MILLENNIAL SOCIAL PROBLEM

Senior lecturer and researcher at the Advanced Communication Research Unit, Centre for Multimedia and Communication Technology Studies, Universiti Utara Malaysia Dr Mohd Khairie Ahmad described cyberbullying as an “existing issue manifested in a contemporary form” in line with the transformation in mediated communication.

“Cyberbullying can be defined as a form of cyber behaviour displayed by a certain individual or group whose purpose is to acquire something, enhance their reputation or wield social control over other individuals or groups.

“Any violation occurring online will have a negative implication on the victim,“ he said.

Among the many local celebrities who have fallen victim to cyberbullies are Neelofa, Zizan Razak, Mira Filzah, Fizo Omar and Nora Danish, with the effects of the bullying not only affecting these individuals themselves but also their family members.

These celebrities, incidentally, had also previously collaborated with the Malaysian Communications and Multimedia Commission on campaigns to increase public awareness on the issue of cyberbullying and circulation of fake news.

According to Mohd Khairie, there are two categories of cyberbullying — cyberstalking and Internet trolling.

“Cyberstalking means secretly collecting information about a person with the intent to harass, monitor or threaten the individual concerned.

“Internet trolling, meanwhile, refers to online users who deliberately provoke or offend others in order to trigger a certain reaction,“ he explained.

He said both categories of bullies not only involve the “aggressor” and the victim but also third parties, which ultimately can affect other cyber users either directly or indirectly.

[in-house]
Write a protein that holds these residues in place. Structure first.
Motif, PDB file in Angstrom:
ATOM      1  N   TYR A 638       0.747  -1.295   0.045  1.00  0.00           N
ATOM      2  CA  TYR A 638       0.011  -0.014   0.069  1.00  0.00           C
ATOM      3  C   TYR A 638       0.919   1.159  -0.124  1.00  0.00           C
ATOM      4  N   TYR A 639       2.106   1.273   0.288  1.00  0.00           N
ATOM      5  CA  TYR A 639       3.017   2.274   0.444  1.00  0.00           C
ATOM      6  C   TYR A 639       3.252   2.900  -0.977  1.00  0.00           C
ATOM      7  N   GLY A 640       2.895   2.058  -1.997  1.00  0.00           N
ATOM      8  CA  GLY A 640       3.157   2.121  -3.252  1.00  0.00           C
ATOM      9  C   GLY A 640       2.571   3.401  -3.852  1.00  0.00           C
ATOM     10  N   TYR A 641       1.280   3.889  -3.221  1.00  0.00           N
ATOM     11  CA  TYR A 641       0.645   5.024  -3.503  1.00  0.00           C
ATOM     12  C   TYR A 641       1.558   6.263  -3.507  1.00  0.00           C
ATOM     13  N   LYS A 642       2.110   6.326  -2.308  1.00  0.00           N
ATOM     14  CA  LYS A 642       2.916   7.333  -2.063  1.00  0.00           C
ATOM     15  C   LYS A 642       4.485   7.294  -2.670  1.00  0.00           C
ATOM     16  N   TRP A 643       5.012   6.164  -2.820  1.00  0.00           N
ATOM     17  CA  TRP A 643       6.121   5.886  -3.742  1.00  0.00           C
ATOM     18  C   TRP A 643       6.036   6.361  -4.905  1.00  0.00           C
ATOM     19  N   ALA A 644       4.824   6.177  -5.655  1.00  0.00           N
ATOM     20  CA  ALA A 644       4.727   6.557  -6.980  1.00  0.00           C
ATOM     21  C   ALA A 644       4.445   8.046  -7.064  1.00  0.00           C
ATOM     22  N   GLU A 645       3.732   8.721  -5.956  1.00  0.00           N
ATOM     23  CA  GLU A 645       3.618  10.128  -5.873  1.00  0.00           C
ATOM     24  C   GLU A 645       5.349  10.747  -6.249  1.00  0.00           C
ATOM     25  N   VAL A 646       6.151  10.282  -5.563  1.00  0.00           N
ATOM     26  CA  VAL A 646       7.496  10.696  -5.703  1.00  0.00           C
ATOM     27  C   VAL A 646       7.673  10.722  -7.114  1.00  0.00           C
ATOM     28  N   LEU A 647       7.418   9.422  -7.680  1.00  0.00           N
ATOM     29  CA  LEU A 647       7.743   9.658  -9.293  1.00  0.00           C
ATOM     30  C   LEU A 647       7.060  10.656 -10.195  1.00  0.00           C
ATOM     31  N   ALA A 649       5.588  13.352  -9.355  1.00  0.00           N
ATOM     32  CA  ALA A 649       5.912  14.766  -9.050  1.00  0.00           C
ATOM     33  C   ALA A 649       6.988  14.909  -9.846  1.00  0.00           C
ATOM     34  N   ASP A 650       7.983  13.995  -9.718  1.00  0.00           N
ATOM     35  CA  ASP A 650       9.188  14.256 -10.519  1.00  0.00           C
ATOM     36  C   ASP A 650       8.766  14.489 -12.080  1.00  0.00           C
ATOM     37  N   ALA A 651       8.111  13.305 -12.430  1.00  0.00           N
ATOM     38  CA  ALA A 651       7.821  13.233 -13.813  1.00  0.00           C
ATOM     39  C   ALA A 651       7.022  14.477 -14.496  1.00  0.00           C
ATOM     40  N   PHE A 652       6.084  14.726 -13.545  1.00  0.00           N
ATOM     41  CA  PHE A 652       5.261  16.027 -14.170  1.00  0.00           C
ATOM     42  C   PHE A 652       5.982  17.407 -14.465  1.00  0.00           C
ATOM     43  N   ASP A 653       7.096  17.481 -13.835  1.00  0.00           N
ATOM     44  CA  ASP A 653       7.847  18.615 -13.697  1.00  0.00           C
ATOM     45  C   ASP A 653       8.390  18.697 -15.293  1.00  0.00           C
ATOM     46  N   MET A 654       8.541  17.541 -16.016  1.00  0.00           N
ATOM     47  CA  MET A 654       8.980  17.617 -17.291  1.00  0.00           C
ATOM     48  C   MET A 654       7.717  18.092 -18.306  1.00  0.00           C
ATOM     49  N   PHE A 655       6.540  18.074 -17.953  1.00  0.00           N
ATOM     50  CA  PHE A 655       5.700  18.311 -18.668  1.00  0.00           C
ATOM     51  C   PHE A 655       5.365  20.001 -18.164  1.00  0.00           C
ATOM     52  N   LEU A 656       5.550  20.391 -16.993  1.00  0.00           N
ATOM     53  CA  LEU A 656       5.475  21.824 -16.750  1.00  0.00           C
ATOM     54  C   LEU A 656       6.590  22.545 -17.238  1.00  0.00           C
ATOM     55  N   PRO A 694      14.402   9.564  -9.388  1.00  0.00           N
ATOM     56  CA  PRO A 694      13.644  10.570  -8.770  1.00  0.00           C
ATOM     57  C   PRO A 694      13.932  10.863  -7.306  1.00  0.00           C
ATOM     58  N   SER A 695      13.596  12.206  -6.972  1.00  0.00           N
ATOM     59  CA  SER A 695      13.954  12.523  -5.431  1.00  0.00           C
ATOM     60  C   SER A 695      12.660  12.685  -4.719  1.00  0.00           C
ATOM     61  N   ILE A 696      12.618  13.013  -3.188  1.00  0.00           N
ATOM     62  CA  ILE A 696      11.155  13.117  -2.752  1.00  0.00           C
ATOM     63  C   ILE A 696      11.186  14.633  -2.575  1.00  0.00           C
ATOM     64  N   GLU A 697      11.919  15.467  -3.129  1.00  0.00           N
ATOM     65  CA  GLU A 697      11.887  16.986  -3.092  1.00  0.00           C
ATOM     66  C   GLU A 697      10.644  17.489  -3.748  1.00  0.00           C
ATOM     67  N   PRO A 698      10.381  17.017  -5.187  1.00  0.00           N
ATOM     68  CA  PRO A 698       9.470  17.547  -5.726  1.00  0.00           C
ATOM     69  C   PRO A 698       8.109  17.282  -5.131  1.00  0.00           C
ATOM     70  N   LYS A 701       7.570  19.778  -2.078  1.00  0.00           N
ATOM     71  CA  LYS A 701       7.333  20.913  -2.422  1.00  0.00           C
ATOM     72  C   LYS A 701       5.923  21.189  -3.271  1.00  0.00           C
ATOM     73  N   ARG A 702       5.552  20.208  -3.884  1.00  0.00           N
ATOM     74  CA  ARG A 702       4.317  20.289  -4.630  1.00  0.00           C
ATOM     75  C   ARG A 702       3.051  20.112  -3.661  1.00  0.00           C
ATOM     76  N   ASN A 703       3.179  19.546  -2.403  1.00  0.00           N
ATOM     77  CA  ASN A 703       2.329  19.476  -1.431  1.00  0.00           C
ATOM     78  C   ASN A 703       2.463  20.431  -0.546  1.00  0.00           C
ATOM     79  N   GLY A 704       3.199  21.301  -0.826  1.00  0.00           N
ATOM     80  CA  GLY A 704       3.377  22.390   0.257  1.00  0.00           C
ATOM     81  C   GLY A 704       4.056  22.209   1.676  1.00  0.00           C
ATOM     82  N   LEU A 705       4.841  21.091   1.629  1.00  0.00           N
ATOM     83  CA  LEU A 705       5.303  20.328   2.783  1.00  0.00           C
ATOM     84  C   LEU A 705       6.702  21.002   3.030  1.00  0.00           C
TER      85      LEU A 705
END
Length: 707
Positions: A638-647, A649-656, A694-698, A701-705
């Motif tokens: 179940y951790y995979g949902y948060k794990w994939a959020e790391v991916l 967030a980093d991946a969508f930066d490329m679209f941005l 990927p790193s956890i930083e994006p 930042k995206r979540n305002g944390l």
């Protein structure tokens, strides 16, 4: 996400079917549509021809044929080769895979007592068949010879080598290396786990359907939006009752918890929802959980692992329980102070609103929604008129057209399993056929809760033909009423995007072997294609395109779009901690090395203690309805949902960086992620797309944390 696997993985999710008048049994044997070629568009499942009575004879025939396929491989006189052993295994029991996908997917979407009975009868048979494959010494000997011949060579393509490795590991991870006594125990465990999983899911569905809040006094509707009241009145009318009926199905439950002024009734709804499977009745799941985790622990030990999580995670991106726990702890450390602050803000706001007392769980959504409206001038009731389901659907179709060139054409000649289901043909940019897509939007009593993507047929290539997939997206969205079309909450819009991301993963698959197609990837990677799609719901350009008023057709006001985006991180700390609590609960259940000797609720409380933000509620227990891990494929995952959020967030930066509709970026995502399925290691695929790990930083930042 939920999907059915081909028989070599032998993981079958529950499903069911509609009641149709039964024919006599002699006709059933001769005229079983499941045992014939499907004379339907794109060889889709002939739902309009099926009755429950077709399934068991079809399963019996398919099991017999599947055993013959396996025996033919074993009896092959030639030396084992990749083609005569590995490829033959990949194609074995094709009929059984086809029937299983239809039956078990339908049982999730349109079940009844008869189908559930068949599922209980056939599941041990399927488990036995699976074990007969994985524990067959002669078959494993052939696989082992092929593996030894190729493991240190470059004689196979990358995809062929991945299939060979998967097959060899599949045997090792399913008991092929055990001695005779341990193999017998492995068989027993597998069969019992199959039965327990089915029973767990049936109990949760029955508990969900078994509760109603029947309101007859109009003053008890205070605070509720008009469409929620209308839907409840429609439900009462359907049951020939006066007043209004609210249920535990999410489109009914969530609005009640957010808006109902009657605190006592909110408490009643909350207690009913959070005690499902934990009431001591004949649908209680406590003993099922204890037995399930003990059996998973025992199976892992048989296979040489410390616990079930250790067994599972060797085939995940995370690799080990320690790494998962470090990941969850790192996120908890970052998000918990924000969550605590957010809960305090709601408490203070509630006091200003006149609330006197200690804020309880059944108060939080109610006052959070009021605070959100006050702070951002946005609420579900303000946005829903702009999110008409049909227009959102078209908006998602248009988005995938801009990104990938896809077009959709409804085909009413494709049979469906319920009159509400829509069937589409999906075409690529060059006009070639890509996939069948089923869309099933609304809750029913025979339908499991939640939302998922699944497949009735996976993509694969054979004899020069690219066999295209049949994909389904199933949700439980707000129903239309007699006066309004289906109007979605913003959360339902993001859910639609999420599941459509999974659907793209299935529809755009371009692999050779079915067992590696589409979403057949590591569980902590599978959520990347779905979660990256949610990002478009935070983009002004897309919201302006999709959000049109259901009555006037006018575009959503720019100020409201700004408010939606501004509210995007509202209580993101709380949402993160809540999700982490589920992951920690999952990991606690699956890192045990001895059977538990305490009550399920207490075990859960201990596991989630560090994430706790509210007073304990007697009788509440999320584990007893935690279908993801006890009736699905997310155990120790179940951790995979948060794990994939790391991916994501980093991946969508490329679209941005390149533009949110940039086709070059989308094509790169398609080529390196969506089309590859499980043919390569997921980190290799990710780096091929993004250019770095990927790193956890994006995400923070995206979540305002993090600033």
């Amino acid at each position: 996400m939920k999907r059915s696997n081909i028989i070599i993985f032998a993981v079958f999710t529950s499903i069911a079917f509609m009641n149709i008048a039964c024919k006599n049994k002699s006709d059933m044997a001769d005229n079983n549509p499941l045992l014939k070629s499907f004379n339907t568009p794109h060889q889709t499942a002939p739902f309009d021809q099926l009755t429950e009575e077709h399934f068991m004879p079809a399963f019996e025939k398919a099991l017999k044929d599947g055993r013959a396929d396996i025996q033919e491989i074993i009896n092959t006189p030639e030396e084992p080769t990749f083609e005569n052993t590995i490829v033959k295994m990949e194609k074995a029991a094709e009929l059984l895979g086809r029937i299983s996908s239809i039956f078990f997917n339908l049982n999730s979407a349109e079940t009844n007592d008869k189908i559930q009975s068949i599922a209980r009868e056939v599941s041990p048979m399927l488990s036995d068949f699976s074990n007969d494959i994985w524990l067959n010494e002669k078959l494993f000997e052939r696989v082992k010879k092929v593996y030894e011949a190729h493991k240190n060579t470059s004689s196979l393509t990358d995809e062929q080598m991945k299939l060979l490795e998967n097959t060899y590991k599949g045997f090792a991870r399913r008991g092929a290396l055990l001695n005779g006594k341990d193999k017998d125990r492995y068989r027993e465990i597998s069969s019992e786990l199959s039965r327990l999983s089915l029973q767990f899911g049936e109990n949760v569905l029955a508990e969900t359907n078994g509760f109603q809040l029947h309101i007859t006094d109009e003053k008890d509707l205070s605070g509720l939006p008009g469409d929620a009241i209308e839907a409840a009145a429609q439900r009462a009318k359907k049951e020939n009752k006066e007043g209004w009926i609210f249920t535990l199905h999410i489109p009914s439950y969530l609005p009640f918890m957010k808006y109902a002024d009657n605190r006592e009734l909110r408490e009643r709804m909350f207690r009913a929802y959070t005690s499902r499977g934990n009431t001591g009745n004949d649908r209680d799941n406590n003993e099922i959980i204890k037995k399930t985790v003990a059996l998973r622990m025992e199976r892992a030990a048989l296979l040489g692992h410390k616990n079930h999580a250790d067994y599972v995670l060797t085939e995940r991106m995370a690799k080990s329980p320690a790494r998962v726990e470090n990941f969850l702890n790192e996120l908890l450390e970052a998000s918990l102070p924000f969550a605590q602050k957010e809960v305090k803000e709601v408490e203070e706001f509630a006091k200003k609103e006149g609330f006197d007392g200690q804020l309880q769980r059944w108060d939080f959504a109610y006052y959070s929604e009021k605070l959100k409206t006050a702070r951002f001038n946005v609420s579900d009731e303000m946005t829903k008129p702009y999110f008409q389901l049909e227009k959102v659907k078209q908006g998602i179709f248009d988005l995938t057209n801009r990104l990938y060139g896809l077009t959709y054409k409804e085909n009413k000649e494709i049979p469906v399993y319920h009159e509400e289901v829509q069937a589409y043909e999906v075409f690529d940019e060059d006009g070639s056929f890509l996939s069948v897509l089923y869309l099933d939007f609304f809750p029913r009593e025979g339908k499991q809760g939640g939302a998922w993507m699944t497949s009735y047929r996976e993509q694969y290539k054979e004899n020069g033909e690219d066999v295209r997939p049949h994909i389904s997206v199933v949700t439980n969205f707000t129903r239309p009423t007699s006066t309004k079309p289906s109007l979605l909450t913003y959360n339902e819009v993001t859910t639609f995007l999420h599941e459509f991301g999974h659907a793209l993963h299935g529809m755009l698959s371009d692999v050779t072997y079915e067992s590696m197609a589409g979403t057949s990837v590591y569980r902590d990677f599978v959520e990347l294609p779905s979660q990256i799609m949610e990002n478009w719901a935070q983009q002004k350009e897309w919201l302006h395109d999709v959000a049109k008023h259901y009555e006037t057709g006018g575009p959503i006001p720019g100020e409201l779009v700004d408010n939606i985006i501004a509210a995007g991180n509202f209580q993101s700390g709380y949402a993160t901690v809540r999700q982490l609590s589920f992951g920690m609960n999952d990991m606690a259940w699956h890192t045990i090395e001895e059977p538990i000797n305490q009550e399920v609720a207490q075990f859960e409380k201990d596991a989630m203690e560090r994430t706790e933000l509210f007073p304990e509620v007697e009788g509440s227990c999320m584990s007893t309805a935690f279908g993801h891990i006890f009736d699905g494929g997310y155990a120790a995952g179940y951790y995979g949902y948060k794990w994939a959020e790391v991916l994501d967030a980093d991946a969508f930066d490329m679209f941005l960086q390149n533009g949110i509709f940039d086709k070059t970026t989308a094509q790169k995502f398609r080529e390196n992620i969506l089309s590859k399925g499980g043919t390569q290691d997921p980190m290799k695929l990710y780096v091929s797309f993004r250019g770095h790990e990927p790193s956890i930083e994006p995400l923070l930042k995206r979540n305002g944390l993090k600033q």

“In other words, cyberbullying can have a chain reaction since the cyber world is an open platform for communication, more so with the presence of social media applications like Facebook, Instagram and Twitter,“ he added.

SPECIFIC LEGISLATION NECESSARY

On whether legislation should be introduced to protect netizens against bullies, Mohd Khairie said existing laws such as the Computer Crime Act 1997, Communications and Multimedia Act 1998 and Children’s Act 2001 may be adequate to deal with cyberbullying but a more specific law is needed to penalise bullies and protect online users.

“This is important because the government has said that the nation’s digital economy has the potential to contribute to 20% of the Gross Domestic Product by 2020. The increase in digital economic activities will lead to more interactions on cyberspace,“ he said, adding that the Personal Data Protection Act 2010 should also be beefed up.

Mohd Khairie also said that formal media literacy education, similar to that implemented by the curriculum in the United States and in European countries, can enhance public awareness on Internet abuse and handling online communication ethically.

“Cyberbullying can be averted by educating people on cyber ethics. Besides initiatives taken by the government, parents should also have the skills to educate and monitor their children so that they become ethical online users,“ he said.

He added that with more bullied celebrities now seeking redressal through legislation, it may lead to holistic efforts to curtail the menace at all levels of society. — Bernama